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OpEdNews Op Eds    H1'ed 12/21/11

Will Public Outrage Finally Force the President and the States to Prosecute Outlaw Bankers?

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It's been a long time coming, but the backlash is here. Occupy Wall Street lit the fire with its "one demand" -- an end to the insanity and a realization that bankers and other oligarchs rule the economy like a medieval fiefdom. And now the demand for economic justice is reaching into state governments and the Department of Justice.

A loose coalition of groups is demanding that more Attorneys General prosecute of bank crimes aggressively, offering support for those who are already moving, and calling on the states to reject the cushy deal that the Federal government and some of the AGs are trying to cut with the banks.

Independent citizen groups and progressive organizations are forming alliances at the state level with unions like the AFL-CIO and SEIU, as well as groups such as Clergy and Laity for Economic Justice. Californians for a Fair Settlement, Pennsylvanians for a Fair Settlement, Nevadans for a Fair Settlement and other state teams have begun putting pressure on each state's Attorney General to reject the Administration-backed deal and immediately begin aggressive investigations and prosecutions.

Like David Dayen, I'm hesitant to embrace the "fair settlement" framing completely until some of those investigations are further along. Based on the overwhelming evidence we've seen so far, a truly fair resolution will probably involve handcuffs, orange jumpsuits, and perp walks along with a financial deal. Financial restitution will need to include, at a minimum:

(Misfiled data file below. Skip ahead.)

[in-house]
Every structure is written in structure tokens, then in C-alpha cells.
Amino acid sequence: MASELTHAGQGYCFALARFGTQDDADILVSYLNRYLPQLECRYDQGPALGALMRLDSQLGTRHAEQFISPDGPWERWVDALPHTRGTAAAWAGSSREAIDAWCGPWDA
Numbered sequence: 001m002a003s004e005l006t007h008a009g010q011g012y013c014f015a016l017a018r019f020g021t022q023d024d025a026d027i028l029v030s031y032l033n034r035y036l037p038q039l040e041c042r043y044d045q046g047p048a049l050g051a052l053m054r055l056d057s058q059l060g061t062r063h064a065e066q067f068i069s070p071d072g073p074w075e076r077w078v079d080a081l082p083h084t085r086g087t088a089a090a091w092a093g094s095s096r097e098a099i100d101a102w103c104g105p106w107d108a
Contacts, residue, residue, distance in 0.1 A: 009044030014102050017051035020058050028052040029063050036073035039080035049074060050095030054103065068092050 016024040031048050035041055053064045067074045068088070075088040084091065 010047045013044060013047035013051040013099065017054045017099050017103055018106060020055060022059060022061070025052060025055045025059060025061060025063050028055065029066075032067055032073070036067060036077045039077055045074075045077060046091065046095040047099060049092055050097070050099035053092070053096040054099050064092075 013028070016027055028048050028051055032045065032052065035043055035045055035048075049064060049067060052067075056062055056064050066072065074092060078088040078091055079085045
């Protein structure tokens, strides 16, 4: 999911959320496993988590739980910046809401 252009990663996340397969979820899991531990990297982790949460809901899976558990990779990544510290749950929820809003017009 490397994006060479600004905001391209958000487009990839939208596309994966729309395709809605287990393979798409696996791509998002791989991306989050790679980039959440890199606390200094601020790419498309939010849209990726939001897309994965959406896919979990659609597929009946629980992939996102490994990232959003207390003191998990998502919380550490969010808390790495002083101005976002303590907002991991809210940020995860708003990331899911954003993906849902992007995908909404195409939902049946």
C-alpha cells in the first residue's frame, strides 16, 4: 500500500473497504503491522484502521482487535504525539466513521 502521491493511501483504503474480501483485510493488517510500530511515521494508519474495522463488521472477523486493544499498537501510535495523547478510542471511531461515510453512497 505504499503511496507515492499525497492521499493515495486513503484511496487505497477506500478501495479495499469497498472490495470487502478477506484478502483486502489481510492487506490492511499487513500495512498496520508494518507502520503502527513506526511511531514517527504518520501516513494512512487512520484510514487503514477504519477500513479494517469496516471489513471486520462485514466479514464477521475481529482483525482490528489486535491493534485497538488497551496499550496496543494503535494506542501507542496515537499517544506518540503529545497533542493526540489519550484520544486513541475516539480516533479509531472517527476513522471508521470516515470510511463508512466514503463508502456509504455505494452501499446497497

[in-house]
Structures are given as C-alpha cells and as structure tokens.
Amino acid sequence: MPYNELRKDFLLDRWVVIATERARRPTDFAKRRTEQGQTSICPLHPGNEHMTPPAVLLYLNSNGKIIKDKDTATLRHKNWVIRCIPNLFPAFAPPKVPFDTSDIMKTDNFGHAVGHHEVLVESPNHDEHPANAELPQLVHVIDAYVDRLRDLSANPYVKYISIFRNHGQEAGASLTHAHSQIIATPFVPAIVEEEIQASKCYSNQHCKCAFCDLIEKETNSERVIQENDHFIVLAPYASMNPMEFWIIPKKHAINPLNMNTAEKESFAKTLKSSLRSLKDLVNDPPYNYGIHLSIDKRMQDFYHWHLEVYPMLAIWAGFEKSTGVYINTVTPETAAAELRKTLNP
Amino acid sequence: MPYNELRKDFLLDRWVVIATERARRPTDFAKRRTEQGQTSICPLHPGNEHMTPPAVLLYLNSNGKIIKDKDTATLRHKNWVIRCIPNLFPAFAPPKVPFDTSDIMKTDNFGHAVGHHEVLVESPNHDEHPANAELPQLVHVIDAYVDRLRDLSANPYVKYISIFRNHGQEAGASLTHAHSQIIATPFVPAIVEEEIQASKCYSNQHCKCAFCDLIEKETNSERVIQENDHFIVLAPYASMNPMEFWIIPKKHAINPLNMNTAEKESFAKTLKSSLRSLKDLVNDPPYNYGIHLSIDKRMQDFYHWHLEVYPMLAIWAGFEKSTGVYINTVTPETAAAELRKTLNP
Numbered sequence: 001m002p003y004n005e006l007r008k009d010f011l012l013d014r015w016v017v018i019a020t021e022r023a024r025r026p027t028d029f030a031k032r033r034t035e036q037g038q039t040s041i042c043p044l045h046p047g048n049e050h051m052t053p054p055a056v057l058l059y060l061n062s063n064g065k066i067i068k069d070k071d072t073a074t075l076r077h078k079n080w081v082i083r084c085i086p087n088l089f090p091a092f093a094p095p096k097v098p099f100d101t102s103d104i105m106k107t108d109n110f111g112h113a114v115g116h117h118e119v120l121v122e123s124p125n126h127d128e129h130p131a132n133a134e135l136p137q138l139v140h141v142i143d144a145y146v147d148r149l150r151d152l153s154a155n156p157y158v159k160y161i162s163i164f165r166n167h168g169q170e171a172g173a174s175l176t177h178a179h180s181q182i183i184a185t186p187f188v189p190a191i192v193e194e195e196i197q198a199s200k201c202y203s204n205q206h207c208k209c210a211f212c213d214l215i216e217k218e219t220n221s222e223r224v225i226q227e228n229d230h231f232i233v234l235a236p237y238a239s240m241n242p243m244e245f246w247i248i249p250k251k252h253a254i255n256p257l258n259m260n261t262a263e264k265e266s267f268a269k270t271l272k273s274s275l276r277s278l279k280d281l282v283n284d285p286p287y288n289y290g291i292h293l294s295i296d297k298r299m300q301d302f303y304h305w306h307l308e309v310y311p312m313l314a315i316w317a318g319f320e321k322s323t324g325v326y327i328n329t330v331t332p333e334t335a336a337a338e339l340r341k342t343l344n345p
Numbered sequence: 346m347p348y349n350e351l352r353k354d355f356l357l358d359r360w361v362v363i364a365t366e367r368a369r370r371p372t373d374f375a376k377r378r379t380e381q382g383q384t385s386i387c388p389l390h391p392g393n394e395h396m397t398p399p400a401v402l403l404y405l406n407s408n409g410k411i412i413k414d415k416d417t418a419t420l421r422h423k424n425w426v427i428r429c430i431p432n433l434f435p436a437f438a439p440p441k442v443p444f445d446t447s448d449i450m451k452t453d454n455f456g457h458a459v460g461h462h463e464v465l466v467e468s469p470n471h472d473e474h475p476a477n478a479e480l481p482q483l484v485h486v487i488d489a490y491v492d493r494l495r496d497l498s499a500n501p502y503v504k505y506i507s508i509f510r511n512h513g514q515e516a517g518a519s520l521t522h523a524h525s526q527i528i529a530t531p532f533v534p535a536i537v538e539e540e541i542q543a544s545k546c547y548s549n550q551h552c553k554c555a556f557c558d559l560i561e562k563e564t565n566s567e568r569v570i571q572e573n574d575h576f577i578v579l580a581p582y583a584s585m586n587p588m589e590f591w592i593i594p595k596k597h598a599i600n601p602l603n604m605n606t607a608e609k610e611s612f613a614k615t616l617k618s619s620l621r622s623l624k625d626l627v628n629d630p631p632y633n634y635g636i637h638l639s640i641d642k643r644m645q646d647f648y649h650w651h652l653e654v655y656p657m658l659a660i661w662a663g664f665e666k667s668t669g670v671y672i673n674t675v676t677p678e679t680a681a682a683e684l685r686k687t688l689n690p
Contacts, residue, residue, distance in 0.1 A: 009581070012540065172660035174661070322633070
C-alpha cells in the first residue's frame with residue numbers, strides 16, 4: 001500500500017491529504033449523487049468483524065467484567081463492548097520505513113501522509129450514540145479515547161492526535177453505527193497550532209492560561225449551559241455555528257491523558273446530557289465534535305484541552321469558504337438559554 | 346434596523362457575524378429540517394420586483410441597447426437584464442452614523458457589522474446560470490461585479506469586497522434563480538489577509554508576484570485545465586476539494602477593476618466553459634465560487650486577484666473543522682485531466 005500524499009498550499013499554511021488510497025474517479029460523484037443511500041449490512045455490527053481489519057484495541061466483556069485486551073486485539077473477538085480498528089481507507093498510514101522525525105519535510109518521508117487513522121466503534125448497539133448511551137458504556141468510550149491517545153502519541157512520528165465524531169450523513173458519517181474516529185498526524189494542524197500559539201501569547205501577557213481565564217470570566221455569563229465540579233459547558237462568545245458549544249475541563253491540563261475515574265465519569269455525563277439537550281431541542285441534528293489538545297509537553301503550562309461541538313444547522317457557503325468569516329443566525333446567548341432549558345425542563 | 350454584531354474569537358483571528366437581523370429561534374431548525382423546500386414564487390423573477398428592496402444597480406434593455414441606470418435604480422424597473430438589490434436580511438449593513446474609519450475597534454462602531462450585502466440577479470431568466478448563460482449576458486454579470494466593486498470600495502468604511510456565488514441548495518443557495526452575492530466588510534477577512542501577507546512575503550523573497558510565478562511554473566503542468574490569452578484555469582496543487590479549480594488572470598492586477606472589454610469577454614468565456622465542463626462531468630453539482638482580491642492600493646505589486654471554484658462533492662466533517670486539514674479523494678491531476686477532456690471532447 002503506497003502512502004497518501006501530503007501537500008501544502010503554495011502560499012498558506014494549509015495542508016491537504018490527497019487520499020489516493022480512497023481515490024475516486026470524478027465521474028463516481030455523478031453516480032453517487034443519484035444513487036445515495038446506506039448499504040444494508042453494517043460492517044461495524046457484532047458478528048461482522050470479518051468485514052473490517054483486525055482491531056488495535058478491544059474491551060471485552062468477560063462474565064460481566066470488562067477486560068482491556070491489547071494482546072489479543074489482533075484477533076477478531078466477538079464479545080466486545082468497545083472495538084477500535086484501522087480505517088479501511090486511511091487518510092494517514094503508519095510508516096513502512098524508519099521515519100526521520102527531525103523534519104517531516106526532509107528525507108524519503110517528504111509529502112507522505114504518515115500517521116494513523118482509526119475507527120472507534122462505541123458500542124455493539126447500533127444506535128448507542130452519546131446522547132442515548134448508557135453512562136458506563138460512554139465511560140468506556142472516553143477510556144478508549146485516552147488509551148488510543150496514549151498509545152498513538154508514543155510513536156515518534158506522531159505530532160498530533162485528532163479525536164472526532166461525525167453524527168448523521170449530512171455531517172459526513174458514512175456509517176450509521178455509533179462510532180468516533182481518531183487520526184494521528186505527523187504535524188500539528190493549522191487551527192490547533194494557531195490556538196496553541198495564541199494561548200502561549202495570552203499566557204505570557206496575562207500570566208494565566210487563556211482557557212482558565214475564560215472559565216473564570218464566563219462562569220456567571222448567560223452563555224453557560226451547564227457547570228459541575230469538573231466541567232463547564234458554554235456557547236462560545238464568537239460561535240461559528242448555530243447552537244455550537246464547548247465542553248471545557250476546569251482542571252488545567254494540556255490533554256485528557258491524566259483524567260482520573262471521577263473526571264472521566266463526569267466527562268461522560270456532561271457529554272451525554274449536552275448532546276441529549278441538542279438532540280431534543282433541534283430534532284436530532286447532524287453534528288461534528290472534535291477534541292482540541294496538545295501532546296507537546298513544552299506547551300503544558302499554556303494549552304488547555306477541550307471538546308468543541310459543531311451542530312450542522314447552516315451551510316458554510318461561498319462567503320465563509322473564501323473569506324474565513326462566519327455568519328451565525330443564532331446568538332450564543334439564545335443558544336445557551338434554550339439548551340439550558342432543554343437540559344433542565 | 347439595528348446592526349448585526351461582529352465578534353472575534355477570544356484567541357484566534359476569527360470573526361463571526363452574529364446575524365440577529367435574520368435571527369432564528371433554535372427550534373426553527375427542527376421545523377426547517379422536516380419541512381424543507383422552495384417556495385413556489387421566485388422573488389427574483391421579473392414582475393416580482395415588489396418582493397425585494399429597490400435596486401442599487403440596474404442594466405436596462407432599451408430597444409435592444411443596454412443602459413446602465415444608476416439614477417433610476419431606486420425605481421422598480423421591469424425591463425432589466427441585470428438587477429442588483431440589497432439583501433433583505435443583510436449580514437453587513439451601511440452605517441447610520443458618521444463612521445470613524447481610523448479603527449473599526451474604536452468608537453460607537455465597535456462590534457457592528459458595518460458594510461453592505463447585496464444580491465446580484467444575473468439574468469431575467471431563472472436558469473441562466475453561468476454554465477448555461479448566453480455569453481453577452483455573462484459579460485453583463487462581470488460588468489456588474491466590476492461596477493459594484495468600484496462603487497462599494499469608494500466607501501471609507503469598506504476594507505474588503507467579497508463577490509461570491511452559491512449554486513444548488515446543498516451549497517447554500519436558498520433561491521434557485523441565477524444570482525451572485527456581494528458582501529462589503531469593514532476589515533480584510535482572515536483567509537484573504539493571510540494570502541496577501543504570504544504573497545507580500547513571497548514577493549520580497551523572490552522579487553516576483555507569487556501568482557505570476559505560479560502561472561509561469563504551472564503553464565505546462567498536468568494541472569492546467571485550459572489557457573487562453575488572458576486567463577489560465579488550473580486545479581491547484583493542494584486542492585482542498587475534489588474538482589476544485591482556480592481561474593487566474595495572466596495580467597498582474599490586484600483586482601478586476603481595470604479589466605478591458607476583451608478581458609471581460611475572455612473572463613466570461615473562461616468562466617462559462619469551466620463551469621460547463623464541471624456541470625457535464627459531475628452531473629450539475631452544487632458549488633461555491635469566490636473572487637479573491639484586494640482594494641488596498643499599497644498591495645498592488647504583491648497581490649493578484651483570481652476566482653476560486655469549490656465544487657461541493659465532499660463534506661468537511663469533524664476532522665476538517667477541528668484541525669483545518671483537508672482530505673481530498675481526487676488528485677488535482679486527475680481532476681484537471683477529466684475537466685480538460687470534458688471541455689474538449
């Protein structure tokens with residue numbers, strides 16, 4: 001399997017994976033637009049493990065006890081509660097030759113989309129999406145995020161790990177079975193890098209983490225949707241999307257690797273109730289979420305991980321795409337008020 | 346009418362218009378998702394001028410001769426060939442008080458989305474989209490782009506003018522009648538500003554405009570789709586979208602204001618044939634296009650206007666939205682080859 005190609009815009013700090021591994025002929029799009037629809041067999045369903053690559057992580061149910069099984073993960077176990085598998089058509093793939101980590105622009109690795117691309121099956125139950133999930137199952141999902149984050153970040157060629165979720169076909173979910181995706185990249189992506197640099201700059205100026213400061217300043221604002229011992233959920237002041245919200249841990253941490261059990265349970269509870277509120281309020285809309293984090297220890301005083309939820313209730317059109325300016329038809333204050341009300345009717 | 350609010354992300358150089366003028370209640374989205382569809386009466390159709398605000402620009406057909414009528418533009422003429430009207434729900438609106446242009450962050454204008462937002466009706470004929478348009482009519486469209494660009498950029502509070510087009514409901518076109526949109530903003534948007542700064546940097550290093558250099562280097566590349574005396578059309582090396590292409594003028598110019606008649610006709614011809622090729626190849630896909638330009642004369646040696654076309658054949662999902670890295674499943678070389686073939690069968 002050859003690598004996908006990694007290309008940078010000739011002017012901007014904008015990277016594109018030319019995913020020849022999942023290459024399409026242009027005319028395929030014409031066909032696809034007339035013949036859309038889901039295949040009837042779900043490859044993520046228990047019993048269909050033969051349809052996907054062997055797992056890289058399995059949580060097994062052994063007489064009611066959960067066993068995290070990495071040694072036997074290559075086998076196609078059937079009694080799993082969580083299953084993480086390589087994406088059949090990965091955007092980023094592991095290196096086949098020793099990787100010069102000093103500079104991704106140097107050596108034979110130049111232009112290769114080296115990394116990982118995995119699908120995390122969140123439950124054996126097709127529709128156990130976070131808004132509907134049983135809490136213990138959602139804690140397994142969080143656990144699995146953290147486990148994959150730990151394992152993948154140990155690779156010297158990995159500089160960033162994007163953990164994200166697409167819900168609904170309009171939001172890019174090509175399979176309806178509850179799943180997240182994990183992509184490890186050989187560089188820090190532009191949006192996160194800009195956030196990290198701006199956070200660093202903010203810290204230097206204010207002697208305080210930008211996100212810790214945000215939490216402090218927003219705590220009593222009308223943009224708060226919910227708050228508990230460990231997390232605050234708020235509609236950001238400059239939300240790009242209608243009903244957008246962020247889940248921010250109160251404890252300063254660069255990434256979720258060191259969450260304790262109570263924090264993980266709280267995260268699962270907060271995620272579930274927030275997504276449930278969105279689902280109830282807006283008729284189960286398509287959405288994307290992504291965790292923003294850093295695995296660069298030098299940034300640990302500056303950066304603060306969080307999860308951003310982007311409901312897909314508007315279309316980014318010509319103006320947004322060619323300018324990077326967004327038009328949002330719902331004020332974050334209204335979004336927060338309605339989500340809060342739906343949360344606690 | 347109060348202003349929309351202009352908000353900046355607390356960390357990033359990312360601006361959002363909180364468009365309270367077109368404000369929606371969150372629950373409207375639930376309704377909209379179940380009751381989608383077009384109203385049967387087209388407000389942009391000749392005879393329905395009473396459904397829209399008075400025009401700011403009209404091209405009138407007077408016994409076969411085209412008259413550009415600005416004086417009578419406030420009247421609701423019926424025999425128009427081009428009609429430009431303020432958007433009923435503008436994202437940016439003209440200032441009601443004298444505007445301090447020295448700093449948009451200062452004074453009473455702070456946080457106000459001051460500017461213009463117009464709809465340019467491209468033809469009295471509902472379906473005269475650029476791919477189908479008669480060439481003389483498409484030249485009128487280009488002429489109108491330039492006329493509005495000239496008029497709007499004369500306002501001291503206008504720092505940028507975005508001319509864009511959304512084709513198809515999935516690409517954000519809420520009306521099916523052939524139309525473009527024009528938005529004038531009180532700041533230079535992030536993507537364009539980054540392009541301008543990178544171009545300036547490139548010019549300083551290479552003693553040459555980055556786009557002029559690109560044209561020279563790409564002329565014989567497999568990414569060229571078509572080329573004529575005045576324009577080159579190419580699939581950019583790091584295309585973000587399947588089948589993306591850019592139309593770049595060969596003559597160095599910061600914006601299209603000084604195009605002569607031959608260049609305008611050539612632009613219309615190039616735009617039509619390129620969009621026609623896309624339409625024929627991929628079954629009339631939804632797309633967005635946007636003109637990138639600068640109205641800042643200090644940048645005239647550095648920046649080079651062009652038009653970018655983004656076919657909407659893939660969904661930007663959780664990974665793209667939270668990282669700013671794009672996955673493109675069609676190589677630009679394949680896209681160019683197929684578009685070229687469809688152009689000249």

1. substantial principal reductions for underwater homeowners, along with lower interest rates;
  2. a breakup or restructuring of the "MERS" shell game so that it no longer enables deceit, tax evasion, and the conversion of home mortgages from a two-party contract to a commodity bankers can trade and sell without regard to property rights;
  3. the right to rent a home that has become distressed; and,
  4. a loan modification facility that is not administered by the banks themselves.
"Fair Settlement" is a good enough umbrella under which to place these demands, as long as it's clear that prosecutions and real restitution are vital elements of fairness. The question now is, how strong will this movement become? Will the public back these groups in demanding justice and rejecting any more cushy bank deals? If they don't, the country will have serious problems in the years to come.

The president is enjoying the fruits of his rhetoric this week, and it's excellent rhetoric. But he'll need to match his words to his deeds if he wants the rewards to continue, and that means directing his Justice Department to drop the cushy bank agreement and start prosecuting Wall Street wrongdoers. And voters are likely to be unforgiving of state politicians who won the office of Attorney General by promising to uphold the law and then turn a blind eye to "wrong" acts by the "right" people.

It's bad enough to watch powerful people break the law with impunity, shatter the economy, get rescued with taxpayer dollars, and then get to scoff at the law as they walk away unpunished. Here's what's even worse: If they're not brought to justice, they'll do it again.

 

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Richard (RJ) Eskow is a former executive with experience in health care, benefits, and risk management, finance, and information technology. Richard worked for AIG and other insurance, risk management, and financial organizations. He was also a (more...)
 
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